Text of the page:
WASHINGTON- US homebuilding increased more than expected in October as the housing market continues to be driven by record low mortgage rates, but momentum could slow amid a resurgence in new COVID-19 infections that is putting strain on the economic recovery.
The report from the Commerce Department on Wednesday also showed building permits unchanged at a 13-1/2-year high. It followed on the heels of data on Tuesday showing the smallest gain in retail sales in October since the recovery from the pandemic started in May. The economy is slowing as more than $3 trillion in government coronavirus relief dries up.
Daily new COVID-19 cases have been exceeding 100,000 since early this month, pushing the number of infections in the United States above 11 million, according to a Reuters tally.
Several states and local governments have imposed restrictions on businesses, raising fears that the resulting weak demand could unleash a fresh wave of layoffs that could reverberate across the economy and slow the housing market’s run.
“The million dollar question remains how long the recovery in housing can continue as the shocking number of new coronavirus cases is paralyzing commerce in many parts of the country and leading to new restrictions and lockdowns,” said Chris Rupkey, chief economist at MUFG in New York.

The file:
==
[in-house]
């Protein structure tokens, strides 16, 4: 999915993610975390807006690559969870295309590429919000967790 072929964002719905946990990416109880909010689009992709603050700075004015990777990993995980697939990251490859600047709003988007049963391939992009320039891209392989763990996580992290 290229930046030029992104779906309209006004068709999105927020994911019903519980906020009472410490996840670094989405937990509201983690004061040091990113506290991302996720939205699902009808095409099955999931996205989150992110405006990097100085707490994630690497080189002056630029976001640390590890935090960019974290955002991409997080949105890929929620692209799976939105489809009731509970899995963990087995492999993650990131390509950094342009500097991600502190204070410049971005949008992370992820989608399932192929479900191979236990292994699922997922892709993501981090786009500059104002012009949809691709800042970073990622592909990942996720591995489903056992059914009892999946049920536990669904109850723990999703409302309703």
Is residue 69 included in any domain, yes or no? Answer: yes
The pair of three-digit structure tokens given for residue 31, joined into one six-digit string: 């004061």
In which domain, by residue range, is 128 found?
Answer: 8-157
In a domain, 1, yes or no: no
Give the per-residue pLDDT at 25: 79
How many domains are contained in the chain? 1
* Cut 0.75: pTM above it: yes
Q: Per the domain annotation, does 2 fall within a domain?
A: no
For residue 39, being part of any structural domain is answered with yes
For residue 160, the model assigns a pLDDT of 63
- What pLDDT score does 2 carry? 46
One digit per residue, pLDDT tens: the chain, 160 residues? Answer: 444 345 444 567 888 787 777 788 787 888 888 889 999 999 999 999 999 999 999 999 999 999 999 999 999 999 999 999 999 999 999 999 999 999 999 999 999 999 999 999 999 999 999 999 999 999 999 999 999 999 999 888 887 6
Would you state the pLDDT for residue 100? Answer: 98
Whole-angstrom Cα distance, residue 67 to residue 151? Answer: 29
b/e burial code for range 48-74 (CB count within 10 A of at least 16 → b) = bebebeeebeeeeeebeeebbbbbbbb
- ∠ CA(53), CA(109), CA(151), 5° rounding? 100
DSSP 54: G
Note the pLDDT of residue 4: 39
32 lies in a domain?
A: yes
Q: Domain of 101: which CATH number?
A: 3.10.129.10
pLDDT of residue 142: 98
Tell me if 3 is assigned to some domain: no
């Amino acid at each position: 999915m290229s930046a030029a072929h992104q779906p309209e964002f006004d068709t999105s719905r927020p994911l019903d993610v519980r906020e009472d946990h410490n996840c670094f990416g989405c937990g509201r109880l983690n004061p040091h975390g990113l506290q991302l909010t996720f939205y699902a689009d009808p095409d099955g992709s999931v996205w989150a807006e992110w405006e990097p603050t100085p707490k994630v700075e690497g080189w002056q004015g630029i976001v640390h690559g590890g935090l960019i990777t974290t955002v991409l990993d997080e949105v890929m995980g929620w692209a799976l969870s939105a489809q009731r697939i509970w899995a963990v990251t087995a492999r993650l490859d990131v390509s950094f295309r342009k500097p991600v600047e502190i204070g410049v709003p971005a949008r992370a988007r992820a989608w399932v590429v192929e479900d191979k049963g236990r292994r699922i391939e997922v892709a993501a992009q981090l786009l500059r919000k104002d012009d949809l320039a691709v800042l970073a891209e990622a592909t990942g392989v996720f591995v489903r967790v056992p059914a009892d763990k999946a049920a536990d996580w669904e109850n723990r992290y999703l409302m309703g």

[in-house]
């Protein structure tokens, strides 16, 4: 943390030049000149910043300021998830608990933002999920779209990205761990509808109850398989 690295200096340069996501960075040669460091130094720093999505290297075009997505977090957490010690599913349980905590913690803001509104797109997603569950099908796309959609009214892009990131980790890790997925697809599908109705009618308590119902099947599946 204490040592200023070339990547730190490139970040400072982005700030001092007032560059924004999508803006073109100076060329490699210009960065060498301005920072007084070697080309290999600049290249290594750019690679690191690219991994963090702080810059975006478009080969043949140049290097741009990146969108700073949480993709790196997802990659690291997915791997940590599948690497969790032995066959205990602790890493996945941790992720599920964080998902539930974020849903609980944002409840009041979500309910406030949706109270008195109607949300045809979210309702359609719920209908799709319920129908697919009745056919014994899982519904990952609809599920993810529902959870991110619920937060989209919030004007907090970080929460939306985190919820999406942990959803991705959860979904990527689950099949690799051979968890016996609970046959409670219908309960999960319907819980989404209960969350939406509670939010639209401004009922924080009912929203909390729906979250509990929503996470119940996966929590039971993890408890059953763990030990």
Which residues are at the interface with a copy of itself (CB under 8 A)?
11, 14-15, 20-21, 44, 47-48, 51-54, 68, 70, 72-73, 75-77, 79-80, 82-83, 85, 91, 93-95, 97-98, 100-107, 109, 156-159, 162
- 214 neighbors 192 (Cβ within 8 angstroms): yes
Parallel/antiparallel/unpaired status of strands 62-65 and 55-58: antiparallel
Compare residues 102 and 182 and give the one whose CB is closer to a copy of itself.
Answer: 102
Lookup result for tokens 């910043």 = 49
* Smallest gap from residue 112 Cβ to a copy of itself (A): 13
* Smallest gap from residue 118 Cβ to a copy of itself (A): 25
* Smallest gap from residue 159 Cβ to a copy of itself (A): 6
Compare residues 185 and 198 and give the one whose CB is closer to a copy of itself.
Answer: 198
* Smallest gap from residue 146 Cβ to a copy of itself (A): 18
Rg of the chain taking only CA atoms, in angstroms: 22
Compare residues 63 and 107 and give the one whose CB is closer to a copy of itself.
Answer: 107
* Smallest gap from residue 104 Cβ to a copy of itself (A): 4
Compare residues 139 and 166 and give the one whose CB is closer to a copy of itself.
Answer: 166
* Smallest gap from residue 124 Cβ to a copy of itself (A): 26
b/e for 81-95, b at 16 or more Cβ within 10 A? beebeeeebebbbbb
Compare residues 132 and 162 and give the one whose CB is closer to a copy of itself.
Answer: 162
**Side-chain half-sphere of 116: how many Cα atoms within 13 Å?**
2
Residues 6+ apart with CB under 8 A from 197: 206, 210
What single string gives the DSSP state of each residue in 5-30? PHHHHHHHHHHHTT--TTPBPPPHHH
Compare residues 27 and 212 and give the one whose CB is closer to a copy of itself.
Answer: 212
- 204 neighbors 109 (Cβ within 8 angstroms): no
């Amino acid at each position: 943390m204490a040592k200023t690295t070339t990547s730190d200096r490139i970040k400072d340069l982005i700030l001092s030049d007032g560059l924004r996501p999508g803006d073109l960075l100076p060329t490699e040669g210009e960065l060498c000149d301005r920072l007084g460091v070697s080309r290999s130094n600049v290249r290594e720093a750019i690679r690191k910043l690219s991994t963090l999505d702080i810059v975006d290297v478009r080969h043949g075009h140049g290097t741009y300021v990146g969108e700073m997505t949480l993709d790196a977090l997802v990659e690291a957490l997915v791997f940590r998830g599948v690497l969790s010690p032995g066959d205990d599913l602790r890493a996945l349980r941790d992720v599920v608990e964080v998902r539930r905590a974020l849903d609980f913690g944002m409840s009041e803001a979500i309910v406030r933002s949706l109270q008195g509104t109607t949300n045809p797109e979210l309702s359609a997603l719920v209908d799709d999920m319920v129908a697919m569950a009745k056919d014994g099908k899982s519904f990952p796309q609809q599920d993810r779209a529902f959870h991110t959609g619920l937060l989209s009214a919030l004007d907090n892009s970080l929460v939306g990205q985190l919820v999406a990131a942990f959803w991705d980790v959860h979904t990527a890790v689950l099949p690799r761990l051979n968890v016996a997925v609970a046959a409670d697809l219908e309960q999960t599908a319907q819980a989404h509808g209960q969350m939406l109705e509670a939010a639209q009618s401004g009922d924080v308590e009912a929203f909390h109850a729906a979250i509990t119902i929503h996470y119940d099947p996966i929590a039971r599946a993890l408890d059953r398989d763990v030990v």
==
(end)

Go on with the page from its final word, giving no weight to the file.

Housing starts rose 4.9 percent to a seasonally adjusted annual rate of 1.530 million units last month. That lifted homebuilding closer to its pace of 1.567 million units in February. Economists polled by Reuters had forecast starts would rise to a rate of 1.460 million units in October.
Permits for future homebuilding were unchanged at a rate of 1.545 million units in October, the highest since March 2007.
The densely populated South region accounted for 56.1 percent of homebuilding last month. Groundbreaking activity also rose in the West and Midwest, but tumbled in the Northeast.